“We’ve rightly clapped our NHS heroes and now we want to make some noise for the amazing people of Portsmouth to show that in these uncertain and unsettling times we stand strong together.”

County Down Spectator suspends printing

The County Down Spectator is no longer appearing in print for the first time in 116 years as a temporary measure.

In a front-page editorial, the newspaper called the coronavirus crisis: “The most serious situation to have faced the community of north Down in the lifetime of the Spectator.”

“The value of local papers is as relevant today as it was in 1904, if not more so,” it added.

“Rest assured we will not be disappearing. We will be back.”

Newspaper groups praised for home deliveries

Education secretary Gavin Williamson has highlighted the importance of newspaper home delivery during the outbreak.

He said: “It is really important that people are able to access local news to gain an understanding of what is going on in their area.

“Local newspapers are absolutely vital when it comes to reporting on some of the key messages that we all need to take on board so we can tackle this virus.

“I hope some clarity and guidance can be issued to make sure it is understood that newspaper deliveries can – and should – still take place.

“In order to stop the spread of this virus, what we all want to see is less people leaving the house and having to go to the shops. Home deliveries are an important part of this battle to keep people self-isolating.”

Support for journalists

Speaking on BBC NI’s Good Morning Ulster, First Minister Arlene Foster said: “Journalism and television is so important at this point in time to give us the voice to be able to talk to people directly.”

Read more >>>


Sky News ‘obligation’ to document Covid-19

Sky News has a “serious and deeply-felt obligation” to document how the coronavirus crisis is affecting the people of the United Kingdom and the rest of the world, its Head has said.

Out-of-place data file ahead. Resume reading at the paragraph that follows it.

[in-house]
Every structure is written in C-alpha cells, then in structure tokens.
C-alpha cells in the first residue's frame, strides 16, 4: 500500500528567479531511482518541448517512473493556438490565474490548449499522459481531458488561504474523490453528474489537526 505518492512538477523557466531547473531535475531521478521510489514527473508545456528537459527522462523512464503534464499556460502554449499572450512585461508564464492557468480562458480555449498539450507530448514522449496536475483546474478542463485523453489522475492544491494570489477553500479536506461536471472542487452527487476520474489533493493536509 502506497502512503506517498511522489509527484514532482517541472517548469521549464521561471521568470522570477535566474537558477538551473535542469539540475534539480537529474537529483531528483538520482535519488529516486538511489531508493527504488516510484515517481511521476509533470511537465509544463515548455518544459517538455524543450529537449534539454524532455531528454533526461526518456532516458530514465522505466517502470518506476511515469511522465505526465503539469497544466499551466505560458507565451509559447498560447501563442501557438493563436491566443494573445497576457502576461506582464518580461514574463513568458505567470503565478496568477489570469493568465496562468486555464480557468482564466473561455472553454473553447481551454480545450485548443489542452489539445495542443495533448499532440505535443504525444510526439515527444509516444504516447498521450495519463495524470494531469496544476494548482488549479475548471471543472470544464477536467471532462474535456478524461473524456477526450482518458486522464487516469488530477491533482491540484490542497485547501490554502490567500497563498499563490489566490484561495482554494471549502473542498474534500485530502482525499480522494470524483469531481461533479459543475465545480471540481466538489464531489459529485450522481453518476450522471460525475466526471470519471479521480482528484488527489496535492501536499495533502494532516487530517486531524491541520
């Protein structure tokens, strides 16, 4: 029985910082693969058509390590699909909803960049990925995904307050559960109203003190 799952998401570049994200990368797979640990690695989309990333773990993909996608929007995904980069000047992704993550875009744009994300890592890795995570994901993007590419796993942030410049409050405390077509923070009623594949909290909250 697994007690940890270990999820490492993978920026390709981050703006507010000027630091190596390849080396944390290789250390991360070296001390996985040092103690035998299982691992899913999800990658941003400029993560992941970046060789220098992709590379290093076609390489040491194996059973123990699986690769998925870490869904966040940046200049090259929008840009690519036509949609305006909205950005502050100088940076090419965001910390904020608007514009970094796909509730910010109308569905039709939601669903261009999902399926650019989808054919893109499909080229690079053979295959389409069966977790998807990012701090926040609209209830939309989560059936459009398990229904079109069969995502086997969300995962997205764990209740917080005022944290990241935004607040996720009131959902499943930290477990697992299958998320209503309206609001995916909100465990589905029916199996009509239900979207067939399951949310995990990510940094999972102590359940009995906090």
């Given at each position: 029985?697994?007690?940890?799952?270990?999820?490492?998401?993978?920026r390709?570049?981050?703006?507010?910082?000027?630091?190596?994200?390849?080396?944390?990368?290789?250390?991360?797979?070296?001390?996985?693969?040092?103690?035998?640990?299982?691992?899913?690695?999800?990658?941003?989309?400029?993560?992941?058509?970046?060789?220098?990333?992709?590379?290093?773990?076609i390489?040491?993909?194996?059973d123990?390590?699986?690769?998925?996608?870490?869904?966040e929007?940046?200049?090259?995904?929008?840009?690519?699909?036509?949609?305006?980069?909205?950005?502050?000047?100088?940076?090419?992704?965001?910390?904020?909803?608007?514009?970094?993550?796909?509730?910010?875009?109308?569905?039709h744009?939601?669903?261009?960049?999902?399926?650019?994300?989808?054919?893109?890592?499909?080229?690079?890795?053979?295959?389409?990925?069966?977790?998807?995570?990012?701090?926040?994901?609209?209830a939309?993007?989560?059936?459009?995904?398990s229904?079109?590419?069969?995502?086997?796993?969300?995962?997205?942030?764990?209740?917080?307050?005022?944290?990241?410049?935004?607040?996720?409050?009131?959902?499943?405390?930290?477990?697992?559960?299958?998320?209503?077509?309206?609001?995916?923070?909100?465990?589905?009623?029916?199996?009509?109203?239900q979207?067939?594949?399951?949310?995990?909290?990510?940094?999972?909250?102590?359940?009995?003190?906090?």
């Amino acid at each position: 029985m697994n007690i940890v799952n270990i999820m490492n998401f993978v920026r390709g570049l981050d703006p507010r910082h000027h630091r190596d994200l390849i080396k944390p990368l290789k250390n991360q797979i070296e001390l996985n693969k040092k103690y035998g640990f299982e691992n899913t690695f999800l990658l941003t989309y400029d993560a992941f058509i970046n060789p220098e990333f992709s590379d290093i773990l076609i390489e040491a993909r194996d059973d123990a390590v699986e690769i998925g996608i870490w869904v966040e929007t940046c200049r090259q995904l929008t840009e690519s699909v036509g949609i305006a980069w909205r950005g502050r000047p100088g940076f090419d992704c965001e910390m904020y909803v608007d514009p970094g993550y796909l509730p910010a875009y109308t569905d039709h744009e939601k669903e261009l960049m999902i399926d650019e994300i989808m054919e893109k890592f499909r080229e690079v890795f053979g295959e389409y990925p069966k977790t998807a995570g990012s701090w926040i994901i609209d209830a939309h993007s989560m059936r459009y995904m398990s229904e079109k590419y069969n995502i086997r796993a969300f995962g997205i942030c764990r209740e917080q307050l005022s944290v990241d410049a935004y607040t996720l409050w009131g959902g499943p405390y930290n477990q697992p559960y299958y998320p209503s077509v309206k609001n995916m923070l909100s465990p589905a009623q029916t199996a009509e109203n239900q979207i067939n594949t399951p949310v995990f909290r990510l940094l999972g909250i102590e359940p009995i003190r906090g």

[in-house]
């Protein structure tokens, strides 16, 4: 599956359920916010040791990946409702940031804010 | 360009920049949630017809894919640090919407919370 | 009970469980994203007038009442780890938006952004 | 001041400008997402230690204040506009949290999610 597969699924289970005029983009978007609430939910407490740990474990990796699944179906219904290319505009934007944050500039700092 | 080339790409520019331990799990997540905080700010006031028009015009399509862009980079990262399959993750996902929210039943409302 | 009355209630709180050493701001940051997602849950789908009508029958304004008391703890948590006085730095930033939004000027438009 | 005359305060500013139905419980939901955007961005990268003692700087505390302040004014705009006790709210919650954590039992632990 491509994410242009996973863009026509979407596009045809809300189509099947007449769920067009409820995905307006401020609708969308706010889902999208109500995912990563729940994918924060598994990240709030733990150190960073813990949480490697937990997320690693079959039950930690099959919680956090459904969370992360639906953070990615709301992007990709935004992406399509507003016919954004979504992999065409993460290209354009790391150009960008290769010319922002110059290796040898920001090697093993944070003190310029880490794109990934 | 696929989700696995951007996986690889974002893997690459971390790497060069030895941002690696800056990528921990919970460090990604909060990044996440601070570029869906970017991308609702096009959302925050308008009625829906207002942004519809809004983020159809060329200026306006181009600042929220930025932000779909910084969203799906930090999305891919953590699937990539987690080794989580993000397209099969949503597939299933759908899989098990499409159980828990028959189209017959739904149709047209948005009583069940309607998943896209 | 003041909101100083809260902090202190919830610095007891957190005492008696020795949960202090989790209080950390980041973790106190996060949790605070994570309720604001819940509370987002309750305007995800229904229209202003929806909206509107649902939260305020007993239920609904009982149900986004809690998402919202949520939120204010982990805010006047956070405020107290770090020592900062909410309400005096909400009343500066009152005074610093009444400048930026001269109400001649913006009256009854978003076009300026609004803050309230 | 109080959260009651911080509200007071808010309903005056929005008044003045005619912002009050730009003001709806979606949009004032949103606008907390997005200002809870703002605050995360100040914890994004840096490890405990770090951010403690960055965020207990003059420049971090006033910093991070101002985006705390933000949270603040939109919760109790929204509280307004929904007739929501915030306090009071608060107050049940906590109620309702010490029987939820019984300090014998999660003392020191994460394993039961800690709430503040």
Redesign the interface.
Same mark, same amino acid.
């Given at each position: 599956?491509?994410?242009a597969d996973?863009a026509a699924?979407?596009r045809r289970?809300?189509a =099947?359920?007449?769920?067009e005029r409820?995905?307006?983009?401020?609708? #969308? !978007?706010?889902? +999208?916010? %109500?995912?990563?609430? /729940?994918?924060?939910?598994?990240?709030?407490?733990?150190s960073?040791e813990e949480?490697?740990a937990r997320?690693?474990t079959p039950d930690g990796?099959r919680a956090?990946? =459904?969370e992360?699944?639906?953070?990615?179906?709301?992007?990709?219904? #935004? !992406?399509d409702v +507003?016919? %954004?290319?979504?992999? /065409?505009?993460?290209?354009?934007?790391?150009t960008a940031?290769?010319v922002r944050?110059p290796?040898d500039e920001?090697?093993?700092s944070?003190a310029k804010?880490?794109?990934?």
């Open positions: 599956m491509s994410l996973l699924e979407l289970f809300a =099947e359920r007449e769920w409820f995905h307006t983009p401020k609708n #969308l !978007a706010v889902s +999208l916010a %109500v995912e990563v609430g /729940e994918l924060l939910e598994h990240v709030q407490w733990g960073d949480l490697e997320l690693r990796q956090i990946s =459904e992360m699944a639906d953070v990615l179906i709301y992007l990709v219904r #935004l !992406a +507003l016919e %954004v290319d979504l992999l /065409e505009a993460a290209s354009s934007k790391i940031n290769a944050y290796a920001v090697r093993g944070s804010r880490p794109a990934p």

Writing in a blog post on the broadcaster’s website, John Ryley, Head of Sky News, provided an update on how the broadcaster is operating amid the crisis. Alongside outlining the coverage that viewers could expect to see, he said that Sky’s journalists recognised the vital role they had to play in keeping the public informed and the need to hold decision-makers to account.

He said: “We recognise the vital role we have to play during this crisis, ensuring you are able to read, watch and listen to accurate non-stop journalism and clear analysis across all our digital, television and audio platforms.”

Read more >>>

Scottish journalists recognised as ‘key workers’

The Scottish government has confirmed that it has classed all journalists who are reporting on the coronavirus pandemic as ‘key workers’.

The confirmation comes after the Scottish Newspaper Society last week sought urgent clarification that journalists in Scotland will be considered en par with their colleagues in England.

The Scottish Newspaper Society has reported that, in a letter to director John McLellan,  the Cabinet Secretary for the Economy, Fair Work and Culture, Fiona Hyslop, said that news publishing had a “vital role” to play amid the crisis and that journalists and print staff in Scotland could expect to go about their work without interference from police or public authorities.

She said: “Ms Hyslop said: “These are indeed very difficult and uncertain times… in these challenging circumstances, having access to reliable information is a key part of a functioning society and public confidence. I agree that the news publishing sector plays a vital role in this. Your support and responsiveness to the situation are deeply appreciated.

“I would like to assure you that we fully expect all public authorities to allow journalists and key print media staff to have the freedom of movement they require to do their important work. I have asked my officials to ensure that this is communicated to Police Scotland and the Chief Constable has highlighted that they will take a proportionate response.”